But a guaranteed national income comes with a great risk of a dire consequence: that everyone becomes a ward of the state, and subject to the control of the state. If the state is all nice and humane and libertarian, no problem. But if it has any moral defects, big problem. Then you get things like the one child rule, or forced euthanasia for oldsters, or enforced universal support of pederasty, or the like.

        This discussion is interesting to me, because you are basically where I was in 1970. Then I moved to libertarianism, and the Negative Income Tax. Now I am a traditionalist, and I favor enclosing the political commons to achieve the same end as the Negative Income Tax, while ameliorating its tendency to totalitarianism.

      • What I would definitely not do is state:

        1) If you want the UBI you have to do XYZ that the government demands, thus the government now basically shapes society any way it wants through fear and desperation.

        2) Your on your own. Hopefully someone gives you charity. If not, die. If so, do whatever they demand of you to receive the charity no matter ho demeaning, or die.

      • What’s UBI?

        So, I get that you don’t want the government bossing people around; that’s your rejection of #1. Within limits, I agree. But if we are not going to rely on charity, and we don’t want people dying in the streets, then so far as I can see the only alternative is for them to “do what the government demands” so as to get their cheese from the government. And this sounds just like your #2: “do whatever they demand of you to receive the charity.”

        Beggars can’t be choosers; that’s not a rule of Kristor, it’s a rule of the universe. But if I was at my rope’s end, then I would rather put myself in the tender care of the Sisters of Mercy than be the ward of the pitiless DMV. Especially since, if the DMV had not forced all the charities out of business – which is now happening – I would be able to walk from the Abbey of the Sisters over to the monastery of the Little Brothers of the Poor.

      • UBI = Universal Basic Income.

        You pick a number below the median wage but enough that people don’t live in poverty and you give that to every single citizen. No strings. No conditions. No means testing. You just give it to them. It’s not all that unlike how Alaska pays every single citizen a dividend of $X from their oil revenues.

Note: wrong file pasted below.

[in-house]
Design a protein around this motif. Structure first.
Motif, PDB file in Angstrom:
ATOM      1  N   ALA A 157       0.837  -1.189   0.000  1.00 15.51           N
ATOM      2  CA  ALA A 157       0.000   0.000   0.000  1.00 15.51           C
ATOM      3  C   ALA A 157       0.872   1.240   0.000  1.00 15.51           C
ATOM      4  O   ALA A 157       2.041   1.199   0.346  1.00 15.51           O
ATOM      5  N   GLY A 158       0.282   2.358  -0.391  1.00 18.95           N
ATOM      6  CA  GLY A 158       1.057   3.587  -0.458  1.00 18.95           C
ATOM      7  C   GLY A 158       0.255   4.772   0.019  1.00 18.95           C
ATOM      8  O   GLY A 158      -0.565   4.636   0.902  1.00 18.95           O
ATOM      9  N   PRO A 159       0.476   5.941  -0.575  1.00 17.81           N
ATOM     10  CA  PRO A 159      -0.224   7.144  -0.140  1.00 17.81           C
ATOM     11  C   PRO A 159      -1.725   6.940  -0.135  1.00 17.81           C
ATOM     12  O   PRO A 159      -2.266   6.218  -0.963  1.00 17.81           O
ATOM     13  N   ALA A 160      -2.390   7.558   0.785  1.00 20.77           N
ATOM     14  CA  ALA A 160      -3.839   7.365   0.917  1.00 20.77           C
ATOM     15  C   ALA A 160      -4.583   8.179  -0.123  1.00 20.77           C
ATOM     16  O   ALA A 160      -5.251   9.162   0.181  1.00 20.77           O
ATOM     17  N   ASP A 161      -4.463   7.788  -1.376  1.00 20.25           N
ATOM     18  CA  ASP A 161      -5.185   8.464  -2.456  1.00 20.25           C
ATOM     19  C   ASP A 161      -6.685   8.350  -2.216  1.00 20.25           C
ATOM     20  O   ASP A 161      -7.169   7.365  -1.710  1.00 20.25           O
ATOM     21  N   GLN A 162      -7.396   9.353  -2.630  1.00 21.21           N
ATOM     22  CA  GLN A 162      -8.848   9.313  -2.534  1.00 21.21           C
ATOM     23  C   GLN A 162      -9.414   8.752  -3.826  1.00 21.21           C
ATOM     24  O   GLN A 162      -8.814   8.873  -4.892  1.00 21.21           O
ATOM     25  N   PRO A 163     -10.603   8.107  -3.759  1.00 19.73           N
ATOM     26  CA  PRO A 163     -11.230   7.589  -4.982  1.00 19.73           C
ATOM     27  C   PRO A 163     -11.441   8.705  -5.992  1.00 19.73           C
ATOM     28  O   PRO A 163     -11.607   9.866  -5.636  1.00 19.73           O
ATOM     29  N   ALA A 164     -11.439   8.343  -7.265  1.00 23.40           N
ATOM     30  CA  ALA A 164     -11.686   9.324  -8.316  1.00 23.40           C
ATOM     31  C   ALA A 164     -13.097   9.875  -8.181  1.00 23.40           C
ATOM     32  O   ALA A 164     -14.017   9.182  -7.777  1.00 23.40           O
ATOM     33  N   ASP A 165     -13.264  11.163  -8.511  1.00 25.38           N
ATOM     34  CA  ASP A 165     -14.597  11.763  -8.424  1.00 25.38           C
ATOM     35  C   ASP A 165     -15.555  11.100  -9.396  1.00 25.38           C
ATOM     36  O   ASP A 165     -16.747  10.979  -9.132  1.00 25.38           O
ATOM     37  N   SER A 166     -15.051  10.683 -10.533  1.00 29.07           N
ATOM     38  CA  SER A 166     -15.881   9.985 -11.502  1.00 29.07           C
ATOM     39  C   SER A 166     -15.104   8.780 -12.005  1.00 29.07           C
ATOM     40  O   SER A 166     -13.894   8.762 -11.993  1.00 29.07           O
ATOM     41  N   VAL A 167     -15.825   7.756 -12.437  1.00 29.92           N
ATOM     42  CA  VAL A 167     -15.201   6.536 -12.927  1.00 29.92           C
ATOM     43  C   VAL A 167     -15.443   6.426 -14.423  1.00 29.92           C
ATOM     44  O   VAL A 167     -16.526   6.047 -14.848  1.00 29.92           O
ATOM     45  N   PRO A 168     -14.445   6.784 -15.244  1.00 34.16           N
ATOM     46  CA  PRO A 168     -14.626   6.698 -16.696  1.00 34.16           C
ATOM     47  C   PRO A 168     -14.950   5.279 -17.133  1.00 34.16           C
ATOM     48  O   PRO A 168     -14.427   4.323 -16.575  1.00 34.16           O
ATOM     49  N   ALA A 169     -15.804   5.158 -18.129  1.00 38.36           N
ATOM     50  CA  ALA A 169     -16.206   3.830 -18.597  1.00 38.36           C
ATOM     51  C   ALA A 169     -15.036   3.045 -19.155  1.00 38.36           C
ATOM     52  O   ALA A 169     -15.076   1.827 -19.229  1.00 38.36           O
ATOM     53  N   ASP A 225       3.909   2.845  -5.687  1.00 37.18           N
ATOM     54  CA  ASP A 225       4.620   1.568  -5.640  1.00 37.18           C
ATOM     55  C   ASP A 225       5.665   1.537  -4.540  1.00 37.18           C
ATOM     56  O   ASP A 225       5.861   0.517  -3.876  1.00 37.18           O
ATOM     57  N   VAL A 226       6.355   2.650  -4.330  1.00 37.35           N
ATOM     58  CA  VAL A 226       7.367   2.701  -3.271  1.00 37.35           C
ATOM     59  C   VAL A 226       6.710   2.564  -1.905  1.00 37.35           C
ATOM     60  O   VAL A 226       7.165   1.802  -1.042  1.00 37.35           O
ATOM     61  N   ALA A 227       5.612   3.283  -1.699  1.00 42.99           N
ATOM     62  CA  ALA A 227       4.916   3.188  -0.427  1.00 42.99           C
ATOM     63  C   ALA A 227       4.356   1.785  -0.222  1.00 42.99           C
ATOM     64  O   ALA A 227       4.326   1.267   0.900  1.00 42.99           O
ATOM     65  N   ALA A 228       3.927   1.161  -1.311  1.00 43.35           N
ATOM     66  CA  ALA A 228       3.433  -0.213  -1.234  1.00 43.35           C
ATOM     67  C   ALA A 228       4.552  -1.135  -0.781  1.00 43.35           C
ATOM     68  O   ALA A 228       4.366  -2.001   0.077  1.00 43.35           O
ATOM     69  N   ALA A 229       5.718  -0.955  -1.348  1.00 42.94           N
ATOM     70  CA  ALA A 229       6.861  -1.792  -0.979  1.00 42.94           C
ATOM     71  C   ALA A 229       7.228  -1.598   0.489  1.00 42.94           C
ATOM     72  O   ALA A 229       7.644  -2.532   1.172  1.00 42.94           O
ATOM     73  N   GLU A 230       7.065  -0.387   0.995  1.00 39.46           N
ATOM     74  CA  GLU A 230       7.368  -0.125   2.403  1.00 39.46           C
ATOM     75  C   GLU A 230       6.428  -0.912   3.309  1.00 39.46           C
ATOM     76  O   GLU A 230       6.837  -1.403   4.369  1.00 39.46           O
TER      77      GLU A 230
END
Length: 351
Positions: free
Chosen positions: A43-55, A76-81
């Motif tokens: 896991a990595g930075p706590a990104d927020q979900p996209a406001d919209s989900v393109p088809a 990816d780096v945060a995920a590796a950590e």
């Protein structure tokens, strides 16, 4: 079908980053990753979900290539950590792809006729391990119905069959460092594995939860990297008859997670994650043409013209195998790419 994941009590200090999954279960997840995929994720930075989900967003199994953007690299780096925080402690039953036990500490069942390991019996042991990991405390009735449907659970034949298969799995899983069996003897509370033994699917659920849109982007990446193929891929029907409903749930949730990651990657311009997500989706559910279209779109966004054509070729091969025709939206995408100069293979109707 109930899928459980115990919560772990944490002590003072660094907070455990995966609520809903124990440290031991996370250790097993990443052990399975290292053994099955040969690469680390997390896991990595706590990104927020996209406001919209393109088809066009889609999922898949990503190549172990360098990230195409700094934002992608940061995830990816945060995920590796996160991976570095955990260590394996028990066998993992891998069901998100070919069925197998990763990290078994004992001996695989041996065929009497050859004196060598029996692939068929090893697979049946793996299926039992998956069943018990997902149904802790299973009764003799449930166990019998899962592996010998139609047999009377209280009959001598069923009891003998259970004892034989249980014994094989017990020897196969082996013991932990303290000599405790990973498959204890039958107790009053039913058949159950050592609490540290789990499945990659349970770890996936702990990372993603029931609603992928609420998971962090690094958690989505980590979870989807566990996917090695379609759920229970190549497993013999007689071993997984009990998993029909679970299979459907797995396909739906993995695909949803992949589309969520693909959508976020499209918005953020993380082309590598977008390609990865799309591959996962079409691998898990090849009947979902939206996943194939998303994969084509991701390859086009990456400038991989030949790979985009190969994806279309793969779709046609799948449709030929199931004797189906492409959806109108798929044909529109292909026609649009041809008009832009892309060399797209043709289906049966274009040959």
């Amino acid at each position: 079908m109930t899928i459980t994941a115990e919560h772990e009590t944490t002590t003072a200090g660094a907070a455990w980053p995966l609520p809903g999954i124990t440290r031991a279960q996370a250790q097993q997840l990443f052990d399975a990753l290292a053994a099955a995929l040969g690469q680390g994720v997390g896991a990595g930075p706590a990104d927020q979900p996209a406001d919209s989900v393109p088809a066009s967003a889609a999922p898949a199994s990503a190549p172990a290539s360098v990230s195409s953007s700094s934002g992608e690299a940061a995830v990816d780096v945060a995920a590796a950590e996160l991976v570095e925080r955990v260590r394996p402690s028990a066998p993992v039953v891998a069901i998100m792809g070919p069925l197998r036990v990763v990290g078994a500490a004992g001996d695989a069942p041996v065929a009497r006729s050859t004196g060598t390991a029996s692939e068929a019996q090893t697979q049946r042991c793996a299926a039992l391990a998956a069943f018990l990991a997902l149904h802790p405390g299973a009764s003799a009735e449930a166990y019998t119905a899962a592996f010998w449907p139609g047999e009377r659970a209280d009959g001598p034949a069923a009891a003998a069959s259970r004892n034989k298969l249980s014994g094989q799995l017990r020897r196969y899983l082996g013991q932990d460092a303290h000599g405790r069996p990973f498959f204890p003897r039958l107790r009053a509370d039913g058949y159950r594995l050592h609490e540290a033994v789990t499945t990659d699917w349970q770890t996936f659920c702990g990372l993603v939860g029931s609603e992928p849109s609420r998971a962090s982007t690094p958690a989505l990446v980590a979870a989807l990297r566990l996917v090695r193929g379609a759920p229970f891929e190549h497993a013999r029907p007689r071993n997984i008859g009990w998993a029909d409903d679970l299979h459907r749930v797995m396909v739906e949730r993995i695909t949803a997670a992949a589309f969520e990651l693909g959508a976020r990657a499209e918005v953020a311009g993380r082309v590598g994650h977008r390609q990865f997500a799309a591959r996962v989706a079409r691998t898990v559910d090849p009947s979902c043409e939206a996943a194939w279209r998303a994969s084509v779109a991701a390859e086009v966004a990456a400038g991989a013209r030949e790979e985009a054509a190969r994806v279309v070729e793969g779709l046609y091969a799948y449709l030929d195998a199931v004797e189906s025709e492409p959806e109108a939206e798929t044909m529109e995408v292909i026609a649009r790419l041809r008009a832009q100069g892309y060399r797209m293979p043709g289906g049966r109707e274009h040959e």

This is not charity (because its automatic). Charity is up to the optional whim of individuals and can fail. As it does today. Go to your local church and say “I need an expensive operation.” They will tell you they don’t have the money. And if they happened to have the money for you they wouldn’t have it for the 100 other people that showed up the second they heard. In the modern world providing the basic needs of people (including medical care) in any reliable sense requires a forced taxation regime.

        “Beggars can’t be choosers”

        In the robot and AI future the median individual will be a beggar. If he wants to be a chooser he better demand it via a government that represents his interests rather then hoping for the noblesse oblige whims of an ever shrinking and largely heritable capital class.

      • Ah, but if you went to your local hospital, run by the Sisters of Charity or the Methodists or their ilk (as all hospitals once were, and many still are), they’d take you in and give you the operation. Until Obamacare, this was routine.

        But, again: a single blog post can’t cover just everything. In the robot and AI future, it suggested, almost everyone will be superfluous when it comes to the provision of the basic necessities of life to all of society. How will those people earn their bread? When everyone gets a guaranteed income, you can bet that the guaranteed income will be the poverty line. To rise above poverty, people will need to sell something valuable. Those who can sell something valuable will do OK. Those who won’t, won’t. It’s always been that way. It always will be that way.

      • This is false. When my Dad was sick, when I was sick, the Christian hospitals did not give us treatment for free. Stop spouting lies.

      • Bless you, asdf, but you are simply wrong about this. Check out this page on the website of the Saint Anthony Hospital in Pendleton, Oregon, about their program for providing discounted or free medical services to the indigent. It took me about 30 seconds on Google to find such a site. There are many, many more. For example:

        Example Scenario – A patient with number in household of 3 and total Reported Income less than or equal to $36,620 is eligible for a financial assistance discount of 100%.

        I’m not lying. You’re just wrong, that’s all. I’m not suggesting that what actually happened to you and your father didn’t actually happen. There are I feel sure some hospitals out there that are Christian only in name, as Notre Dame University is Catholic only in name. But Christian hospitals have historically almost always devoted substantial sums to the care of the poor. It is what they were founded to do.